A Desktop Java Renaissance

I finally got used to the new look of JavaLobby and am glad that the gliding nav toolbar stopped gliding. That’s one of those features that seems glitzy but just ends up distracting the user. Anyways, I responded to two posts and found myself thinking… there is going to be a Desktop Java Renaissance.

Why so? Hasn’t Microsoft frozen the JDK out of Windows? Sun has a workaround for that, with Java WebStart, the consumer-oriented Java.com, and the Java Auto Update system tray icon. Also, Java is installed by default on Mac OS X, SUSE Linux and Java Desktop System.

Doesn’t Swing emulate everything and make your apps seem slightly out of place? Sun has improved the L&Fs of Swing in 1.4.2 and 1.5, but if those aren’t native enough, you can use the Eclipse Foundation’s SWT / JFace.

Are there any Desktop Application Frameworks, so I don’t have to roll my own every time? Eclipse refactored the Rich Client Platform (RCP) out of itself, due to popular demand. Trivia: The RCP Birds of a Feather (BOF) session at EclipseCon 2004 was the most popular, leading people like myself to write my name sideways in the margin to jam myself in there. Thanks again to Ed Burnette for spearheading the RCP effort.
If you’d rather use Swing (since RCP requires you use SWT / JFace), then you have Spring Rich or NetBeans to choose from as a framework. I’m interested in trying out Spring Rich and will share my experiences with you.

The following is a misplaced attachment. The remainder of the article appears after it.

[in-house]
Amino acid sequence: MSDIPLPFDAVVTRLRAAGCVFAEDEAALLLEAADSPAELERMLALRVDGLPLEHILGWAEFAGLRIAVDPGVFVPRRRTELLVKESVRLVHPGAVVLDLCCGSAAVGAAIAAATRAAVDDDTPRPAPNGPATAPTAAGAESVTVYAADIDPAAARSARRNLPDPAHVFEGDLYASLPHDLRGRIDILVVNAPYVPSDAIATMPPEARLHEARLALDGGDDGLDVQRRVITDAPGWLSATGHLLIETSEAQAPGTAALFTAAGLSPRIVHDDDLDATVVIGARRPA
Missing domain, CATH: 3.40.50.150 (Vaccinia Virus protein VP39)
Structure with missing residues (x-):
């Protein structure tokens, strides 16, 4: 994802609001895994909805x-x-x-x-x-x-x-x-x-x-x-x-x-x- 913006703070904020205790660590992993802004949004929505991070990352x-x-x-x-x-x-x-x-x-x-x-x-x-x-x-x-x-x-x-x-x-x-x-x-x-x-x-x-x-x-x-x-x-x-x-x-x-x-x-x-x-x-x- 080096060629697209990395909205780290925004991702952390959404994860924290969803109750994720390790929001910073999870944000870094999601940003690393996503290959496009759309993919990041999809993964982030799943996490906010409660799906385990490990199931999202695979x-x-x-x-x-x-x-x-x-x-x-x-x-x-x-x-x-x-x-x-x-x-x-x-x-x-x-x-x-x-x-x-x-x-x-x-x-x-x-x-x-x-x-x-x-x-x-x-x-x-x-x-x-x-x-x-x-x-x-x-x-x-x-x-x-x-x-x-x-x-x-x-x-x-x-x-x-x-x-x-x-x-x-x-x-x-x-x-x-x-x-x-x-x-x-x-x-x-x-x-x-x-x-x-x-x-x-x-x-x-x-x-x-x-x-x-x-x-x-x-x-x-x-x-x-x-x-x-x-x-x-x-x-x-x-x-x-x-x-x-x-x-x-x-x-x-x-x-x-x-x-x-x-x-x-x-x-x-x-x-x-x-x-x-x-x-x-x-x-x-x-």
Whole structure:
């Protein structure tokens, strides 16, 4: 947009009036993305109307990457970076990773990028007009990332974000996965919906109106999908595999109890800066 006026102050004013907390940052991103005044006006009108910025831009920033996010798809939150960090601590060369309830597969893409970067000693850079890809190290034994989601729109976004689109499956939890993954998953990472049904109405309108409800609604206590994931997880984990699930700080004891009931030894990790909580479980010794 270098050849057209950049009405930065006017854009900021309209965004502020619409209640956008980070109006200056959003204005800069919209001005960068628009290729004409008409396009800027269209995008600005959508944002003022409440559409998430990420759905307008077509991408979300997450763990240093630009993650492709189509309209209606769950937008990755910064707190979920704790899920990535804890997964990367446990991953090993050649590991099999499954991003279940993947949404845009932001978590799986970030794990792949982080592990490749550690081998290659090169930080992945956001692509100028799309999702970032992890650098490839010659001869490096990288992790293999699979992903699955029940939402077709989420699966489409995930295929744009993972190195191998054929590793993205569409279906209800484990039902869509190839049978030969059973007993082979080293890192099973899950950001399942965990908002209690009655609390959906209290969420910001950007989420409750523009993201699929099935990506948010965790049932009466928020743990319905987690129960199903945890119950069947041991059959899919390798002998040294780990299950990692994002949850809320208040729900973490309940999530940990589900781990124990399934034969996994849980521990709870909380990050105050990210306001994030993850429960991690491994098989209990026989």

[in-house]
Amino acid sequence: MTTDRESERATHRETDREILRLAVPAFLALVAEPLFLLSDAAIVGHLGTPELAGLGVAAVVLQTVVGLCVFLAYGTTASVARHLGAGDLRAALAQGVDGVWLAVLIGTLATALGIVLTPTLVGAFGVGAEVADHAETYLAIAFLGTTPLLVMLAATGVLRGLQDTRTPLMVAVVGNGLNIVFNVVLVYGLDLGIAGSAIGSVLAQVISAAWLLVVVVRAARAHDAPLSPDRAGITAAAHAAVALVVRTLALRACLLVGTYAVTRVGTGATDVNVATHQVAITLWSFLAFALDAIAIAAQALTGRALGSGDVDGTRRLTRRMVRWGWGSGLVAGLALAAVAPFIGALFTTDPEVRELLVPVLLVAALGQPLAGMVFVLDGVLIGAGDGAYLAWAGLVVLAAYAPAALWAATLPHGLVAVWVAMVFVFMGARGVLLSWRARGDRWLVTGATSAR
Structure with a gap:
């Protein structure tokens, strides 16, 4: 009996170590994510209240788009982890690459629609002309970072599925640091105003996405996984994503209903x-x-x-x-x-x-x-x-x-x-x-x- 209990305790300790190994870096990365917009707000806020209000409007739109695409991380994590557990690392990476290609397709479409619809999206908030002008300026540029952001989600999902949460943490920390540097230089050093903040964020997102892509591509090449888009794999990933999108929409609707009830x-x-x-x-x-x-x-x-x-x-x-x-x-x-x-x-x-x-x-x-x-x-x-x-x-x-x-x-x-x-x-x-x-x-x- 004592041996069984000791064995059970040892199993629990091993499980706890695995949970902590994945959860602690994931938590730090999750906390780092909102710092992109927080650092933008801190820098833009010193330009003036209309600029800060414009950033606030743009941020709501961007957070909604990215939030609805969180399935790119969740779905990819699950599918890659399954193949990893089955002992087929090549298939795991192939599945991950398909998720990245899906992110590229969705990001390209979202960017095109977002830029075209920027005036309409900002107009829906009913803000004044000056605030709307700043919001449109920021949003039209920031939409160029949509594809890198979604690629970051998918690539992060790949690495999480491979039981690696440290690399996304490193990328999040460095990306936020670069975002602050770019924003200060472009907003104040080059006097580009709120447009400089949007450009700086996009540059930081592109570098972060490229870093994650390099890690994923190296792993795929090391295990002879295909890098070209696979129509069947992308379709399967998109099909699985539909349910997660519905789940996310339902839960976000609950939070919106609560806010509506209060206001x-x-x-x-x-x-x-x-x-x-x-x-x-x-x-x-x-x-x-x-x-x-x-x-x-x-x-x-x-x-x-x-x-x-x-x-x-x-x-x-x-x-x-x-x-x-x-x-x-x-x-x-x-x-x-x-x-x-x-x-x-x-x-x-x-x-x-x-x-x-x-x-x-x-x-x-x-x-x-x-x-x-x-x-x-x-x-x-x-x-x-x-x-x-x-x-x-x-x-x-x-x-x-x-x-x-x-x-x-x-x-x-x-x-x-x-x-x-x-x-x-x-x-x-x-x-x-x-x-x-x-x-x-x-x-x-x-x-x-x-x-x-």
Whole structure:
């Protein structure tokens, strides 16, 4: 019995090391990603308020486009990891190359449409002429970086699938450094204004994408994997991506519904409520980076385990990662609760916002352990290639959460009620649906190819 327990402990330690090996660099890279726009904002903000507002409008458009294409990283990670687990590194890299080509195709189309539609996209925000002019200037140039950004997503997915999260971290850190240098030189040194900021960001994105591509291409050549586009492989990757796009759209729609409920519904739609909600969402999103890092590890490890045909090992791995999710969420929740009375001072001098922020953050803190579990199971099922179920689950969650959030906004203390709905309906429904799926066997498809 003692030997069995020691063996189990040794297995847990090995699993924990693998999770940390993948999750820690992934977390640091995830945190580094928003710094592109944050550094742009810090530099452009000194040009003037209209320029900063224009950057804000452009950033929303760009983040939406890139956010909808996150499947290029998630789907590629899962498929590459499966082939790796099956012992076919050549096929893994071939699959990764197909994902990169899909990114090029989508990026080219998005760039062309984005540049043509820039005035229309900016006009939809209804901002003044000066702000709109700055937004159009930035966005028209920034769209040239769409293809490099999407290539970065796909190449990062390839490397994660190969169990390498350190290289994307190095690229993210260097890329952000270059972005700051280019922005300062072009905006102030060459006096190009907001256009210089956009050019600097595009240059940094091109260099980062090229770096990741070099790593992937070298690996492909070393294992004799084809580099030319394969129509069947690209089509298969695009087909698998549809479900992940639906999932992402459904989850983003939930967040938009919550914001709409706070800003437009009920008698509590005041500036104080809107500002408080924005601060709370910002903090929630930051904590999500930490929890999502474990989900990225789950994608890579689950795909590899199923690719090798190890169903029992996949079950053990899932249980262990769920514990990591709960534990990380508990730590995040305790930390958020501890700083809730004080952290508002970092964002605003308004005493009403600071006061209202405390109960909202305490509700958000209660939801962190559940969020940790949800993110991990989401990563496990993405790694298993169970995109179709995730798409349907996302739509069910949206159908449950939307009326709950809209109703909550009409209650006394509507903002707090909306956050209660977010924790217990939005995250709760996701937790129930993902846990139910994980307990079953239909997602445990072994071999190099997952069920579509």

Are there any components available, ala Visual Basic or Delphi, to speed my development? In VB or Delphi, there’s a large assortment of components that you can buy instead of build, which shortens your dev cycle. This has been lacking in the past. However, now there is a multitude of Eclipse plug-ins, most of which can be used in the RCP, with more being developed every day it seems. If that’s not enough, you can even embed native components (like ActiveX on Windows or WebKit on Mac OS X) through either SWT or JDIC (which integrates well with AWT / Swing.)

What about Enterprise Java? Don’t worry, that’s still alive and well and thriving. Not only will J2EE focus on ease of development, but there are alternative frameworks like Spring.

The reason all of this is occuring is due to plain and simple market competition. Eclipse raised the bar when it came to look and feel and plug-in infrastructure, RCP on the framework side, and Spring on the enterprise side. Eclipse plug-ins started to multiply as the platform became more viable. While this can cause some divisions for those deeply invested in one specific technology, I think this is good for the Java community as a whole, because the choices this competition creates lets us developers decide our own fates. (And if our choice is open source, we can even contribute to the production and not just be a consumer.) All the pieces seem to be falling in place for a renaissance for Java on the desktop. Things should get even better, once Eclipse 3.1, with its extensive support for developing RCP apps, is released, its alternative Spring Rich matures, and as the plug-in market continues to grow.